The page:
Our video “Bathroom Cladding Explained” is ideal if you are unfamiliar with this type of product as it can prove a little confusing because it is a relatively new product, especially when compared to long established coverings like tiles. So here is a little more information to help explain what bathroom cladding is, what it does and where it can be fitted. You can also view our video by clicking the link on the left which will give you more information on bathroom cladding.
Bathroom cladding is a modern wall panel system. It is usually made from upvc and is tongue and grooved so that each panel slots into the next. It is light, easy to cut and easy to install and being made from plastic it is totally waterproof.
Wall and Ceiling Cladding
One advantage that cladding has over other coverings is that it can be used on both walls and ceilings. Usually a lighter (or white) panel is used for the ceiling while a decorative cladding with a more definite colour is applied to the walls but they are both essentially the same product.
More information: ceiling & wall cladding
Our “bathroom cladding explained” video shows several of the materials used to manufacture the panels , with plastic (PVC) being the most common material. Other materials are used such as acrylic, laminated plywood, laminated MDF and even timber but these are usually referred to using different terms such as bathroom wall panels, tile panels etc.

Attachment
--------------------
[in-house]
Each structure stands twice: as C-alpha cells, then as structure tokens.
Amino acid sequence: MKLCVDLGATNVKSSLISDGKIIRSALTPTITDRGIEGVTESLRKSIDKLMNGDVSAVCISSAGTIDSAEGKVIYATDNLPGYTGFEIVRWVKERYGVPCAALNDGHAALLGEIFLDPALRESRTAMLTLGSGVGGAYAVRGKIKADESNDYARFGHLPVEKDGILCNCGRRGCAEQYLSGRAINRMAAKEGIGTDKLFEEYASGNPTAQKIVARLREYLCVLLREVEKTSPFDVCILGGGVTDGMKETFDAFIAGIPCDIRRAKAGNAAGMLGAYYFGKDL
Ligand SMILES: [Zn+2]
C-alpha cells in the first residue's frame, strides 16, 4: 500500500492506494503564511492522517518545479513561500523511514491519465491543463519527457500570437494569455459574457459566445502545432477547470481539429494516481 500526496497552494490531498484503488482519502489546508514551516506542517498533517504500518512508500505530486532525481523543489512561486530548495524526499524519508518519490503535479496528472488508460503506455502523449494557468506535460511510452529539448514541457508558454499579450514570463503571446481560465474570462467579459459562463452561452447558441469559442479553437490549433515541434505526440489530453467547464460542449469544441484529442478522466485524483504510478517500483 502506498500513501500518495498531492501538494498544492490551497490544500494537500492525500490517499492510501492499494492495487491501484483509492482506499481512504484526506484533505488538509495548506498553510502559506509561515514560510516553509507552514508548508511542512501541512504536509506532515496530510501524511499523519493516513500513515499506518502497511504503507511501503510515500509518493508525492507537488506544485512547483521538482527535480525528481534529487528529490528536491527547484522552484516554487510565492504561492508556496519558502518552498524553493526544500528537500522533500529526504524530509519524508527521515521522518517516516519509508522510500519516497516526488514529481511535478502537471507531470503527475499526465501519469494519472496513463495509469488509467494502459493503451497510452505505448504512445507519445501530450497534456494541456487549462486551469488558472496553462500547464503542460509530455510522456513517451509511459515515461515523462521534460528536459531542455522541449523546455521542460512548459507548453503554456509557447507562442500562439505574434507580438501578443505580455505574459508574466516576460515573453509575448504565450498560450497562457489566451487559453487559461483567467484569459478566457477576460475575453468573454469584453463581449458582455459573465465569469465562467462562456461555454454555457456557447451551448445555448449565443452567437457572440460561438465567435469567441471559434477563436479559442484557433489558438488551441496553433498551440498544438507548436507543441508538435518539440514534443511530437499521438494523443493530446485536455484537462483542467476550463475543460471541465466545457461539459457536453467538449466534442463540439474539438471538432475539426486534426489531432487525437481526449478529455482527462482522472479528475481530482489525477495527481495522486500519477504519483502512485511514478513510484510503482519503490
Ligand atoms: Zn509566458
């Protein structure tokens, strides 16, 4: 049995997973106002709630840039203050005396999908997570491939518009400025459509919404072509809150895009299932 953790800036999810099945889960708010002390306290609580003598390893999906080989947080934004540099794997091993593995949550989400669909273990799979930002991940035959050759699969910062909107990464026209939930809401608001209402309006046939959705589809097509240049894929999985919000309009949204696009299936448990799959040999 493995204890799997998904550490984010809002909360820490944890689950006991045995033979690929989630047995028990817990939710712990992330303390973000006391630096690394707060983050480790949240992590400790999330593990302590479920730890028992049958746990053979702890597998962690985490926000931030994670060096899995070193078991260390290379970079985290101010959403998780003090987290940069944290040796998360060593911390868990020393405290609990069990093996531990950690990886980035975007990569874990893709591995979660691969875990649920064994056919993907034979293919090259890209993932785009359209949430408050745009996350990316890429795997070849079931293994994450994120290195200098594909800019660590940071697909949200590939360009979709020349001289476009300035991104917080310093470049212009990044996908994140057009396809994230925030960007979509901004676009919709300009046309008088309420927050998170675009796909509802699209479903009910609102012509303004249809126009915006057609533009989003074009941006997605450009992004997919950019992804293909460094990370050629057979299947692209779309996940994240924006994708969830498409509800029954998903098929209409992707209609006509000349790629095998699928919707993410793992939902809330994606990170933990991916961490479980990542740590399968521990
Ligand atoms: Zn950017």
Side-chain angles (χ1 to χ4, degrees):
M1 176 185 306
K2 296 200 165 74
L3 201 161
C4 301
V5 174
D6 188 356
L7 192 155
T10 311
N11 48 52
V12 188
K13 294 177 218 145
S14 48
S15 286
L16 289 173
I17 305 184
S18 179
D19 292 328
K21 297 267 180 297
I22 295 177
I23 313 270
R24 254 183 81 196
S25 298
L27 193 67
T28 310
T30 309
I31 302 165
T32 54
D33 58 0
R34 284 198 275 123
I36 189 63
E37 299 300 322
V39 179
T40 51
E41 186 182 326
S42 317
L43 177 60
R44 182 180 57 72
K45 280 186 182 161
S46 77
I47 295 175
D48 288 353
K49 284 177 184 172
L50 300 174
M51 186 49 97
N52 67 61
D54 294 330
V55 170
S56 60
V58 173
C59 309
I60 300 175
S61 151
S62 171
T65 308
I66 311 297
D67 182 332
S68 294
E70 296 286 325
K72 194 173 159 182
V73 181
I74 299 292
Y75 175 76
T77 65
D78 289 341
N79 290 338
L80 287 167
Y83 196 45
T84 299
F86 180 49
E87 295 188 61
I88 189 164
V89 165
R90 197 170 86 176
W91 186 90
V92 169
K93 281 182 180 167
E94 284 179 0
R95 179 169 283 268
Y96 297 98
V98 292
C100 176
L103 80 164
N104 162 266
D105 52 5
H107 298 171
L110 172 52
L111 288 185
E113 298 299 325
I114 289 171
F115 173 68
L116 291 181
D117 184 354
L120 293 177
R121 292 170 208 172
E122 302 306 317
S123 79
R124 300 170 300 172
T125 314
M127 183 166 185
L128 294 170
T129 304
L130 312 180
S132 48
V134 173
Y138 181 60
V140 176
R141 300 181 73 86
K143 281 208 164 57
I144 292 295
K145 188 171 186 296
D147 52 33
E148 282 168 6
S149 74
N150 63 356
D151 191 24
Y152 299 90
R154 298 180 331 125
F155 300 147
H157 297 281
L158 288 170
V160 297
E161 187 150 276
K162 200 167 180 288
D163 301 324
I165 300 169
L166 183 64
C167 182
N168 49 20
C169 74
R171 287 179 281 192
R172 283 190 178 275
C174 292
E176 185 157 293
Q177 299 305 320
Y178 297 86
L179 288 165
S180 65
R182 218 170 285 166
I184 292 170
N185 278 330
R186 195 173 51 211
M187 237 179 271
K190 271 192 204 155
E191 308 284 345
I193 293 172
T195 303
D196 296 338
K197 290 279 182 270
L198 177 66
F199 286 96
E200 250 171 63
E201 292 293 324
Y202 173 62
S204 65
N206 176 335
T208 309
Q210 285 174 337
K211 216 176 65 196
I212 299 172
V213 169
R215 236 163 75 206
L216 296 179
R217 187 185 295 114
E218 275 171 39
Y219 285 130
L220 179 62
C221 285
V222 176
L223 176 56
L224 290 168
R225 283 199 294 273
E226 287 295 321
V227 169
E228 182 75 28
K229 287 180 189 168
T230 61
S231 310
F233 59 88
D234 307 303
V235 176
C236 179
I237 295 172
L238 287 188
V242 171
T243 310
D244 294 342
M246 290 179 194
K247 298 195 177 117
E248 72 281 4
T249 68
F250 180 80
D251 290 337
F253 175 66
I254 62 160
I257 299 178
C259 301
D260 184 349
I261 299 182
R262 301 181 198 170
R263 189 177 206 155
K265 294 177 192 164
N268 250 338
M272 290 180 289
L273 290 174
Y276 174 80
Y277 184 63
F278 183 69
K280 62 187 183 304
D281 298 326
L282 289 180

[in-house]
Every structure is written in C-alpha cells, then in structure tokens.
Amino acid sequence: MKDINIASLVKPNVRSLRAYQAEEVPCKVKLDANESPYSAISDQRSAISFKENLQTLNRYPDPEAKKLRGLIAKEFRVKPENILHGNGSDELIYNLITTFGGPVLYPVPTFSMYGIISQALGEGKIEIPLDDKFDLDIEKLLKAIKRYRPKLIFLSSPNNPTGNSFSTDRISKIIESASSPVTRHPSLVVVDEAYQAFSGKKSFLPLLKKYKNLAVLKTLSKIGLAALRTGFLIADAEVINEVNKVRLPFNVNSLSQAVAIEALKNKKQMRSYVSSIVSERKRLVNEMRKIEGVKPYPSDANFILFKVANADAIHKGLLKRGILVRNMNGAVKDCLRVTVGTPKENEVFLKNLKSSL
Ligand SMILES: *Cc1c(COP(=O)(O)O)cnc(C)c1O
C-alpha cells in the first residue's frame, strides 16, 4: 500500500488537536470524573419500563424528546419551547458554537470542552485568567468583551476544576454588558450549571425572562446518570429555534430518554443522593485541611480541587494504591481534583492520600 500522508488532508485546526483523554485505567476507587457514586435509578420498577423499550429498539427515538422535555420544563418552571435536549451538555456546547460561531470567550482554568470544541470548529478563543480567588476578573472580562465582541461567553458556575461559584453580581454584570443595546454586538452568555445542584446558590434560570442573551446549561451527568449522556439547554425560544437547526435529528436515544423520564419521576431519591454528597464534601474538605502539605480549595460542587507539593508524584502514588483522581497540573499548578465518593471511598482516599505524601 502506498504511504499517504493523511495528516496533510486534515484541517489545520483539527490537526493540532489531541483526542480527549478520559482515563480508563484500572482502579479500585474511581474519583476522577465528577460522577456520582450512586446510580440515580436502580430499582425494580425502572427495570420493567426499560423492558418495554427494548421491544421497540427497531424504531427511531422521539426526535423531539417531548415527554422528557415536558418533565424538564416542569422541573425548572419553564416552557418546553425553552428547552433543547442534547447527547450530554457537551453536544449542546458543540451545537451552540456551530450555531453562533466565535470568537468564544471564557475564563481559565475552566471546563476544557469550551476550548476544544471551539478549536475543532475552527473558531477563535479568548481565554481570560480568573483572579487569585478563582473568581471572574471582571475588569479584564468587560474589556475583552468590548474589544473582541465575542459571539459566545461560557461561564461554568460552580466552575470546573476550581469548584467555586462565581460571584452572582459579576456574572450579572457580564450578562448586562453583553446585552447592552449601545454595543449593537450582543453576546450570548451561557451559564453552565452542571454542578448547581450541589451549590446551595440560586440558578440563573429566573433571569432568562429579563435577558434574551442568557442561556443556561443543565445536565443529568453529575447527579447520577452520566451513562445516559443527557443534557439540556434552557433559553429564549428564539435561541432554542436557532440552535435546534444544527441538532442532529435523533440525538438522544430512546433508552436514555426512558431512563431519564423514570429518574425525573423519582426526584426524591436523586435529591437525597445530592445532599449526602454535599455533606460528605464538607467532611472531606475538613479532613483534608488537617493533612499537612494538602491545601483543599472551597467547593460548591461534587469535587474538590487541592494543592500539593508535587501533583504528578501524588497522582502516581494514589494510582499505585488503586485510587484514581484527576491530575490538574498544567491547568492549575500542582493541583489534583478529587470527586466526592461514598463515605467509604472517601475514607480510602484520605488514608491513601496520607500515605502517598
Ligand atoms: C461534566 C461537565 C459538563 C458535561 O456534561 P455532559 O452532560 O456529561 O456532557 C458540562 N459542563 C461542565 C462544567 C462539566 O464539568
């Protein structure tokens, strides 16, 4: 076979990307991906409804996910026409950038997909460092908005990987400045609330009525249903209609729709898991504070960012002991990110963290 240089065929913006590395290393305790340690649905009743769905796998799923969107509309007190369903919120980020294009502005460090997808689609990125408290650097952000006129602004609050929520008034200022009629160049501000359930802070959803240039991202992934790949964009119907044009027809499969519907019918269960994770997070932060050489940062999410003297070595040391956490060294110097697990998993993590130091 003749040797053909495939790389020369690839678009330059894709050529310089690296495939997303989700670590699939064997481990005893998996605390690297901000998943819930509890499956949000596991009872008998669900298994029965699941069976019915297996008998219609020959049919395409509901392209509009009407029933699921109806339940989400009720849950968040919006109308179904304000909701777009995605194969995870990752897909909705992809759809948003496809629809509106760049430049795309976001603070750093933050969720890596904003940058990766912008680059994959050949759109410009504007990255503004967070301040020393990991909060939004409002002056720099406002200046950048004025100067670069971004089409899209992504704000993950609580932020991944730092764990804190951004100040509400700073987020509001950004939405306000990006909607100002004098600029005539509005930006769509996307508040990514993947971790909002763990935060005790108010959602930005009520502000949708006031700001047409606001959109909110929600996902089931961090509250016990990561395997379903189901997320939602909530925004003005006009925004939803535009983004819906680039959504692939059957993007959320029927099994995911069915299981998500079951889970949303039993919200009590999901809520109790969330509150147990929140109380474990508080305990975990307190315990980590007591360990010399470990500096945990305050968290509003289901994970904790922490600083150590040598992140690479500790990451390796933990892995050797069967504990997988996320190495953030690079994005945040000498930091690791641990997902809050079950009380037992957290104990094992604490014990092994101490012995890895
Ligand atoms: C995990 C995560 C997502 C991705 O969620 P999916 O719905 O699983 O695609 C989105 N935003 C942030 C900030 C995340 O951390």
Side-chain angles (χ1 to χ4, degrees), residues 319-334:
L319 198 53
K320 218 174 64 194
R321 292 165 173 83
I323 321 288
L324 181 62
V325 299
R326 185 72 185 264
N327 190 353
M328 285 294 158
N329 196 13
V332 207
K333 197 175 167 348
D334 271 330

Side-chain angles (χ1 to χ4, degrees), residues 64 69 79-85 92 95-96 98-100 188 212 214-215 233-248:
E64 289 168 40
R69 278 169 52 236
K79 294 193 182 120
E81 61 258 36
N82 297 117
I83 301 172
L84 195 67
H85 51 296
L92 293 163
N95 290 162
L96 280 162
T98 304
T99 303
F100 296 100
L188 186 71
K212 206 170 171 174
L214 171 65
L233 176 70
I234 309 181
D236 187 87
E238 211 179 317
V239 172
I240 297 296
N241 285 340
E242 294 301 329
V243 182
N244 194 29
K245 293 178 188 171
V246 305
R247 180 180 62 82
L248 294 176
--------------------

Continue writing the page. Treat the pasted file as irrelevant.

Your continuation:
More information: Plastic Cladding
Cladding is an ideal product to use in bathroom because of its waterproof nature but its maintenance-free qualities make it a perfect wall covering for other rooms around the home as well. Any internal room will benefit from its good looks and easy-to-live-with practicality. It is not designed to be used outdoors.
If you are looking to undertake a bathroom makeover very often you will be looking for a replacement for your tiles. Cladding is the ideal product for such projects as it can be installed over existing tiles so the work can be completed quickly, cleanly and with a minimum of disruption.